Jordan & Gilbert, 1880
Spotfin croaker (Roncador stearnsii) is a species of croaker occurring from Mazatlán, Mexico, to Point Conception, California, including the Gulf of California. It is the only species in the genus Roncador. In California, they are most commonly found south of Los Angeles Harbor. They live along beaches and in bays over bottoms varying from coarse sand to heavy mud and at depths varying from 4 to 50 feet or more. They prefer depressions and holes near shore.
The body of the spotfin croaker is elongate, but heavy forward. The upper profile of the head is steep and slightly curved, and abruptly rounded at the very blunt snout. The mouth is underneath the head (subterminal). The color is silvery gray with bluish luster above and white below. There are dark wavy lines on the side, and a large black spot at the base of the pectoral fin.
The subterminal mouth, absence of a fleshy barbel and the large black spot at the base of the pectoral fin distinguish spotfin croakers from all other California croakers. Small "spotties" are sometimes confused with small white croakers, but a count of the dorsal fin spines will quickly separate them; the spotfin croaker has 11 or fewer (usually ten), while the white croaker has 12 to 15. So-called "golden croakers" are nothing more than large male spotfin croakers in breeding colors.
Ecology and reproduction
Spotfin croakers eat a wide variety of food items. As well as clams and worms, small crustaceans are eaten extensively. They use the large pavement-like pharyngeal (throat) teeth to crush their food. Male spotfin croakers first mature and spawn when two years old and about 9 inches (23 cm) long. Most females mature when three years old and 12.5 inches (32 cm) long. All are mature by the time they are four years old and have reached a size of 14.5 inches (37 cm). The spawning season runs from June to September and may take place offshore, since no ripe fish have been caught in the surf zone. (Juveniles of 1 inch (2.5 cm) appear in the surf in the fall.)
Spotfin croaker travel considerably, but with no definite pattern. They move extensively from bay to bay. For example, fish tagged in Los Angeles Harbor were later taken as far south as Oceanside; spotfin tagged in Newport Bay moved to Alamitos Bay and vice versa.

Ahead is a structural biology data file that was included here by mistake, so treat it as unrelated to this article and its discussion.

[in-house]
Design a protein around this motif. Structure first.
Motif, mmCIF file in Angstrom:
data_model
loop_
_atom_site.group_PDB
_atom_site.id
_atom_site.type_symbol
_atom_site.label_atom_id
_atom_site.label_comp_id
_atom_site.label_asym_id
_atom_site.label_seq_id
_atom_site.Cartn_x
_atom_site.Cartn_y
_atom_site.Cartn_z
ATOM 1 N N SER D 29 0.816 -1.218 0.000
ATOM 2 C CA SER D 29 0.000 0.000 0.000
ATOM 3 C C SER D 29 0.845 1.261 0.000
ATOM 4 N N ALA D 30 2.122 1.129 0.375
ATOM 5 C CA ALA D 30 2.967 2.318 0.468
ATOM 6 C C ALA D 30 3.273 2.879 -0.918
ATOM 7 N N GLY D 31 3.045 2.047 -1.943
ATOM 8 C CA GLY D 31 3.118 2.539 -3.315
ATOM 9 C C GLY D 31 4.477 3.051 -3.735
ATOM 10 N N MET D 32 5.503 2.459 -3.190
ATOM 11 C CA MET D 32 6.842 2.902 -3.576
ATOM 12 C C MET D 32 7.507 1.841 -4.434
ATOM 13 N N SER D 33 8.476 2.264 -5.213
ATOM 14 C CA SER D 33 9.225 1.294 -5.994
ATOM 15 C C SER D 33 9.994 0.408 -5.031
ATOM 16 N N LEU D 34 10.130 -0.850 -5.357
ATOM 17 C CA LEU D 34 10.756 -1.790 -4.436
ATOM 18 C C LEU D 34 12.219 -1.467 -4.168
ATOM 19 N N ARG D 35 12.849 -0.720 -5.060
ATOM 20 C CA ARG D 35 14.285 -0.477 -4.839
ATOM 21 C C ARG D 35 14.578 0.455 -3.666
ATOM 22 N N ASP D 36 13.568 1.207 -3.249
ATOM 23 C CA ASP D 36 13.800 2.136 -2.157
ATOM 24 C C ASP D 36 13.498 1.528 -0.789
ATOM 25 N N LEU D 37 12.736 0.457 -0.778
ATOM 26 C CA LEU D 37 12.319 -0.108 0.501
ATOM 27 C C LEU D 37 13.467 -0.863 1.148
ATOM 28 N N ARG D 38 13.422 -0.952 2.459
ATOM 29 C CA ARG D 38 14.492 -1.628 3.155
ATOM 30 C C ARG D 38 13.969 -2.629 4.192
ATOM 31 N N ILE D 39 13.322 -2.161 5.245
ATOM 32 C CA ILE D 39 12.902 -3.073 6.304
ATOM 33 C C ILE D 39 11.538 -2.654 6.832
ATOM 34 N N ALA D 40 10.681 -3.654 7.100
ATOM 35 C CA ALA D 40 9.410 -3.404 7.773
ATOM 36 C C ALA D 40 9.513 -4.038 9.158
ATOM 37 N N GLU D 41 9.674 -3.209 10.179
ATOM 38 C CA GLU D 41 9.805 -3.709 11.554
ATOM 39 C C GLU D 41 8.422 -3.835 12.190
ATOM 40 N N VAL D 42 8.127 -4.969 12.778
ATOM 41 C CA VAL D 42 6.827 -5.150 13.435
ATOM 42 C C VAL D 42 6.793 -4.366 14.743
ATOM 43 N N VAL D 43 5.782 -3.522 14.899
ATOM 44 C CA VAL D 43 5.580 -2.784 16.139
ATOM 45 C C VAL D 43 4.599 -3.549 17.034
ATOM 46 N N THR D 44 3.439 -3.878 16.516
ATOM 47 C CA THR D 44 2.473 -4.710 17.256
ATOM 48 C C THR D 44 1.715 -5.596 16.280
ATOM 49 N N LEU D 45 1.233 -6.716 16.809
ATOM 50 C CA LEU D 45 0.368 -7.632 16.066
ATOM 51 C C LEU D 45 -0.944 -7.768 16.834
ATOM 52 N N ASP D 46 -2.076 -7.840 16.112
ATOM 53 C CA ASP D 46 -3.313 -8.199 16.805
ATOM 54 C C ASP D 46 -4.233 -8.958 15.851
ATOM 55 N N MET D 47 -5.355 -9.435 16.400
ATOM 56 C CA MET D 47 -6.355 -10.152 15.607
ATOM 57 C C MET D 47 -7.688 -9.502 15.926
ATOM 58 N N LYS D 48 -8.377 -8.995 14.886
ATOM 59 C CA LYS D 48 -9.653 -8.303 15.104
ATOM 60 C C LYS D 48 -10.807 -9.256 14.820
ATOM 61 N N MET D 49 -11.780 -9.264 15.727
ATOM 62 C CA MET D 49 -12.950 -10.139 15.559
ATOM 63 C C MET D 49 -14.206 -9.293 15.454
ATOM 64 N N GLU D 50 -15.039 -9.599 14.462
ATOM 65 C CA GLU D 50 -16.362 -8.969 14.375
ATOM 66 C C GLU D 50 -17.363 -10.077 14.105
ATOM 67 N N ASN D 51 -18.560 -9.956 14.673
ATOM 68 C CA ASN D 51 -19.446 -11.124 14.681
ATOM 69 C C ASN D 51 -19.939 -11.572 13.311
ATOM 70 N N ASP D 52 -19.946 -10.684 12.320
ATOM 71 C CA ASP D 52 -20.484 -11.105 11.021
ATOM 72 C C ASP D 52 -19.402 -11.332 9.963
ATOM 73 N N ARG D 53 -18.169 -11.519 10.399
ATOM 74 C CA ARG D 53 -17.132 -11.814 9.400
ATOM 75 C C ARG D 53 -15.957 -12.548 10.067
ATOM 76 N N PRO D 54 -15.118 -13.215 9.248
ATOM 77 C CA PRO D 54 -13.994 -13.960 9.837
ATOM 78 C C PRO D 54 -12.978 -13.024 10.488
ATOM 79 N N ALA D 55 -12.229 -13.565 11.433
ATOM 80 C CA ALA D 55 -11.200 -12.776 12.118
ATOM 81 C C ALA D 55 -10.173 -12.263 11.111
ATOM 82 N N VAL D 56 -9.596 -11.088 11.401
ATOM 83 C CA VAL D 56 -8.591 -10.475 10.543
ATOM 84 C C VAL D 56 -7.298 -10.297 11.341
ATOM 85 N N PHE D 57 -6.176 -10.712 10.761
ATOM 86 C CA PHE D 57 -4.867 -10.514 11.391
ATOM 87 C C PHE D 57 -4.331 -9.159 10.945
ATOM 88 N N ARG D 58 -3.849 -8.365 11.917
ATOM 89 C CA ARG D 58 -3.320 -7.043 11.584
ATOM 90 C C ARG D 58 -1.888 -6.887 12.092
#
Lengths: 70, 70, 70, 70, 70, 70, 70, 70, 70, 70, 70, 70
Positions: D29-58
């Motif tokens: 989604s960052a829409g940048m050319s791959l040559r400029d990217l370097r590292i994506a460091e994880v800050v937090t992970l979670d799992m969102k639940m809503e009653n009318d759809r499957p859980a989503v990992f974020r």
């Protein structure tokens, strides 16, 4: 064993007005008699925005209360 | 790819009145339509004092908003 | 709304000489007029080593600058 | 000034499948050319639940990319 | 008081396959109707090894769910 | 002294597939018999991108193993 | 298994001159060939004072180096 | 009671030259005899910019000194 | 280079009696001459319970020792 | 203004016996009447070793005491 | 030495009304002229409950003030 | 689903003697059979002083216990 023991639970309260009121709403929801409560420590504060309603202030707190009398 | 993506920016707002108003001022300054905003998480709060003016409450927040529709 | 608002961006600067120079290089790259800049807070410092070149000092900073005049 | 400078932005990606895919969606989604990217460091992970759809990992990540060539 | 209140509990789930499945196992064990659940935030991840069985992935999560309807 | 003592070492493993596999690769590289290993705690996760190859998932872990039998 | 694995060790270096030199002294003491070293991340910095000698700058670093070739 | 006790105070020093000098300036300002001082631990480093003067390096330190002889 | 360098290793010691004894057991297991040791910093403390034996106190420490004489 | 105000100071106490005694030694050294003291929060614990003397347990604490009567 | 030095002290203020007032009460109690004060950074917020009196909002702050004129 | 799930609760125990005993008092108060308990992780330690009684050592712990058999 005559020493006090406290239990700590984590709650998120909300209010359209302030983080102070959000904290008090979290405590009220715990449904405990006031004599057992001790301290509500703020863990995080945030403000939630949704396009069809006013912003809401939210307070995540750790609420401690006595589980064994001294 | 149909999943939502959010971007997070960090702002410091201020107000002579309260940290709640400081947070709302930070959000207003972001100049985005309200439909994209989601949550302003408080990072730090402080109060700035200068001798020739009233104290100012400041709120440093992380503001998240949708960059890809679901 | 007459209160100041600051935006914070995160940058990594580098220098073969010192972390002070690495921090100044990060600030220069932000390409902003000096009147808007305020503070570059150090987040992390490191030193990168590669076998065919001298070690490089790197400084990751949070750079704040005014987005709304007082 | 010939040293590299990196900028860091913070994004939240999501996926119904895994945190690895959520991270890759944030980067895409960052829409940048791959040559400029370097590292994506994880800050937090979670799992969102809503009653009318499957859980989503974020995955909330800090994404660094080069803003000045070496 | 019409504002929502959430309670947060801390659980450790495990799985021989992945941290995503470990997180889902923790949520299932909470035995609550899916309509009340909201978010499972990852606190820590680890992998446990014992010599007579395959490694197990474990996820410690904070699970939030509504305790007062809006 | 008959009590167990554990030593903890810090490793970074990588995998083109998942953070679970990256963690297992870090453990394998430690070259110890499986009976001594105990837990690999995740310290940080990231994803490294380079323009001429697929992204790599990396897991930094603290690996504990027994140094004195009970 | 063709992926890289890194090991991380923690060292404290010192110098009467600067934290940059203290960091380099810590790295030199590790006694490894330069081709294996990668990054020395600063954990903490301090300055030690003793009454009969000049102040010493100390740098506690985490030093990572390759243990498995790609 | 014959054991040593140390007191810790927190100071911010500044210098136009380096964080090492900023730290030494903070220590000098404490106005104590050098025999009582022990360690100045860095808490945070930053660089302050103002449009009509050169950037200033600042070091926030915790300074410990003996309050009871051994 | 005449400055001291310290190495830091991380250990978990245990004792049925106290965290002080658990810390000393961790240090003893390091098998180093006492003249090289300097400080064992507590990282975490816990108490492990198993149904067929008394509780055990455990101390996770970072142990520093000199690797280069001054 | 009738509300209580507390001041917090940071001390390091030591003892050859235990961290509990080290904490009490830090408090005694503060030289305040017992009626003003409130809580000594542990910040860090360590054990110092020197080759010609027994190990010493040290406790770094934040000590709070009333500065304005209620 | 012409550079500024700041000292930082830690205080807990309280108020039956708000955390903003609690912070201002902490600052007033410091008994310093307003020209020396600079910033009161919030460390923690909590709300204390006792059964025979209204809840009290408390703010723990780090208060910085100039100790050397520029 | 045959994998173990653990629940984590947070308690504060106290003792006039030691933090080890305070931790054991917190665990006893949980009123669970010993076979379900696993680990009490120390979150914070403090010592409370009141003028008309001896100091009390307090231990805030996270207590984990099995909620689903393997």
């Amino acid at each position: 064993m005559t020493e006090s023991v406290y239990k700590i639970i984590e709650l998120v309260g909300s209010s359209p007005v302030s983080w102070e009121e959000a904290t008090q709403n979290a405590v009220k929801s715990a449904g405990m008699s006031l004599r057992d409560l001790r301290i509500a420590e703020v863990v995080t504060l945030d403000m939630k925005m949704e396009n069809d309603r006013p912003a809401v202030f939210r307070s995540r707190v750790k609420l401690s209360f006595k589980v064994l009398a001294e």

Although some are caught throughout the year, late summer is best for spotfin croaker fishing. Good fishing seems to depend on runs. When a "croaker hole" is found and a run is on, good fishing can be had by all present whether in a bay, from a pier or in the surf. Most spotfin croaker caught are small to medium sized fish. The largest recorded specimen was 27 inches, 10.5 pounds.
Here are excerpts on historical spotfin croaker fishing from an article by Ed Reis "Crazy Croakers" in the August 2010 issue of Pacific Coast Sportfishing:
- "Croakers do not get much ink in the fishing news these days, but there was a time when they were a major item in newspaper catch reports (in Southern California). A hundred years ago they were incredibly abundant and drew the attention of many pier and surf fishermen,....
- "...Spotfins ... furnished wide-open action when schooled up in "croaker holes" along the beaches or near piers. I enjoyed some fabulous encounters as a youngster fishing at Santa Monica. The wooden sand groin nearest the beach home of actress Marion Davies was a productive spot, as were the coastal inlets and estuaries.
- "Mission Bay at San Diego was once famous for its spotfin fishing, but since its transformation by dredging and the huge increase in watercraft traffic, there is not much doing with spotfins these days. In the 1950s I had great luck at Imperial Beach, both in the surf and in the backwater sloughs. San Onofre was a destination for weekend campers, dedicated to surf fishing in the legendary croaker holes found there. Newport's bay was also renowned for it croakers. For whatever reason, spotfins are seldom found in San Diego's big bay, and after 11 years of concentrated bay fishing, I have taken only one.
- "They favor clams, mussels, and worms for food and grow to over nine pounds in weight. Large males assume a brassy color during spawning and were called "golden croakers" and thought by some old-timers to be a separate species..."
- Much of this article is copied from Marine Sportfish Identification: Croakers California Marine Sportfish by the California Department of Fish and Wildlife, Marine Region; a public domain resource.
- Froese, Rainer and Pauly, Daniel, eds. (2006). "Roncador stearnsii" in FishBase. 5 2006 version.
- Reis, Ed, "Crazy Croakers", Pacific Coast Sportfishing, August 2010